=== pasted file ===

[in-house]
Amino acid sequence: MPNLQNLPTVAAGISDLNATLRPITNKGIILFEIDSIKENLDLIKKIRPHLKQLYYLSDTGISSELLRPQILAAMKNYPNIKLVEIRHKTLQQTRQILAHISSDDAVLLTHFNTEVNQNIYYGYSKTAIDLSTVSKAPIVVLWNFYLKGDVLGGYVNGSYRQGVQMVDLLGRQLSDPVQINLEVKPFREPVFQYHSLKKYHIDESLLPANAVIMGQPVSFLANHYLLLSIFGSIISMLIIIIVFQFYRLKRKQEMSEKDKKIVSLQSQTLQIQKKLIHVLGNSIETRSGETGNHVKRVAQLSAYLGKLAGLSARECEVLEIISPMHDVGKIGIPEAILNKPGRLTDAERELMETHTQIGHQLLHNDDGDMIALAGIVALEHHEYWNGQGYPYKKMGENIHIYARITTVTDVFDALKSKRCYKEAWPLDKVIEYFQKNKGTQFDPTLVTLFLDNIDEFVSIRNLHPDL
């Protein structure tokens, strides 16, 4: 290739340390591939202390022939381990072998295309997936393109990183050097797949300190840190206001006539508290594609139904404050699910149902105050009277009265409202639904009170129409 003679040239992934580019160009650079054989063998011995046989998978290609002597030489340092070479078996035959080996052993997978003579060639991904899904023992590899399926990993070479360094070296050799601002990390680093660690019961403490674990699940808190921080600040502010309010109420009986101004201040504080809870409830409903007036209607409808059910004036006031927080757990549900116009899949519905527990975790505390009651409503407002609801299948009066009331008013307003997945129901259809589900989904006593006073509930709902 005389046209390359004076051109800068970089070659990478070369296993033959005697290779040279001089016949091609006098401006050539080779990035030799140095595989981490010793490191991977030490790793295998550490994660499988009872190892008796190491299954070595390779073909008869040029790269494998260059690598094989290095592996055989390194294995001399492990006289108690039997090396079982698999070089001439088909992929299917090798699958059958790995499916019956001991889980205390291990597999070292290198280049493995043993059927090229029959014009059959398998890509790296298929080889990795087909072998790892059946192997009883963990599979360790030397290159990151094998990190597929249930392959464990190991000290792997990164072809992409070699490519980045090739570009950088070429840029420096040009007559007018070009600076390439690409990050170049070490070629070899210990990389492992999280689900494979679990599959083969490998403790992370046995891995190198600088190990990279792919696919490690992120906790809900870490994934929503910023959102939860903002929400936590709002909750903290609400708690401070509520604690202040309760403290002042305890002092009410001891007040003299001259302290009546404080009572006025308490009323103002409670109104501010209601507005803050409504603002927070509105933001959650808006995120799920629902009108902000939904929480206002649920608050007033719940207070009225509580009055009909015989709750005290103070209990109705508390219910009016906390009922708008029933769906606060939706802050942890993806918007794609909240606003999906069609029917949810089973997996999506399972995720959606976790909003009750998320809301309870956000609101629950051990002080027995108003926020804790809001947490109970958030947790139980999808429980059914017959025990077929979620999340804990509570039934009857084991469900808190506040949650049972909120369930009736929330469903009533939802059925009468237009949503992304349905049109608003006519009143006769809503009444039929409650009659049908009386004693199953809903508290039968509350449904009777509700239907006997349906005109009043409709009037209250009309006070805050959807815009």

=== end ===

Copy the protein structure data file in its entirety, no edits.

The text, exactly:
[in-house]
Amino acid sequence: MPNLQNLPTVAAGISDLNATLRPITNKGIILFEIDSIKENLDLIKKIRPHLKQLYYLSDTGISSELLRPQILAAMKNYPNIKLVEIRHKTLQQTRQILAHISSDDAVLLTHFNTEVNQNIYYGYSKTAIDLSTVSKAPIVVLWNFYLKGDVLGGYVNGSYRQGVQMVDLLGRQLSDPVQINLEVKPFREPVFQYHSLKKYHIDESLLPANAVIMGQPVSFLANHYLLLSIFGSIISMLIIIIVFQFYRLKRKQEMSEKDKKIVSLQSQTLQIQKKLIHVLGNSIETRSGETGNHVKRVAQLSAYLGKLAGLSARECEVLEIISPMHDVGKIGIPEAILNKPGRLTDAERELMETHTQIGHQLLHNDDGDMIALAGIVALEHHEYWNGQGYPYKKMGENIHIYARITTVTDVFDALKSKRCYKEAWPLDKVIEYFQKNKGTQFDPTLVTLFLDNIDEFVSIRNLHPDL
């Protein structure tokens, strides 16, 4: 290739340390591939202390022939381990072998295309997936393109990183050097797949300190840190206001006539508290594609139904404050699910149902105050009277009265409202639904009170129409 003679040239992934580019160009650079054989063998011995046989998978290609002597030489340092070479078996035959080996052993997978003579060639991904899904023992590899399926990993070479360094070296050799601002990390680093660690019961403490674990699940808190921080600040502010309010109420009986101004201040504080809870409830409903007036209607409808059910004036006031927080757990549900116009899949519905527990975790505390009651409503407002609801299948009066009331008013307003997945129901259809589900989904006593006073509930709902 005389046209390359004076051109800068970089070659990478070369296993033959005697290779040279001089016949091609006098401006050539080779990035030799140095595989981490010793490191991977030490790793295998550490994660499988009872190892008796190491299954070595390779073909008869040029790269494998260059690598094989290095592996055989390194294995001399492990006289108690039997090396079982698999070089001439088909992929299917090798699958059958790995499916019956001991889980205390291990597999070292290198280049493995043993059927090229029959014009059959398998890509790296298929080889990795087909072998790892059946192997009883963990599979360790030397290159990151094998990190597929249930392959464990190991000290792997990164072809992409070699490519980045090739570009950088070429840029420096040009007559007018070009600076390439690409990050170049070490070629070899210990990389492992999280689900494979679990599959083969490998403790992370046995891995190198600088190990990279792919696919490690992120906790809900870490994934929503910023959102939860903002929400936590709002909750903290609400708690401070509520604690202040309760403290002042305890002092009410001891007040003299001259302290009546404080009572006025308490009323103002409670109104501010209601507005803050409504603002927070509105933001959650808006995120799920629902009108902000939904929480206002649920608050007033719940207070009225509580009055009909015989709750005290103070209990109705508390219910009016906390009922708008029933769906606060939706802050942890993806918007794609909240606003999906069609029917949810089973997996999506399972995720959606976790909003009750998320809301309870956000609101629950051990002080027995108003926020804790809001947490109970958030947790139980999808429980059914017959025990077929979620999340804990509570039934009857084991469900808190506040949650049972909120369930009736929330469903009533939802059925009468237009949503992304349905049109608003006519009143006769809503009444039929409650009659049908009386004693199953809903508290039968509350449904009777509700239907006997349906005109009043409709009037209250009309006070805050959807815009």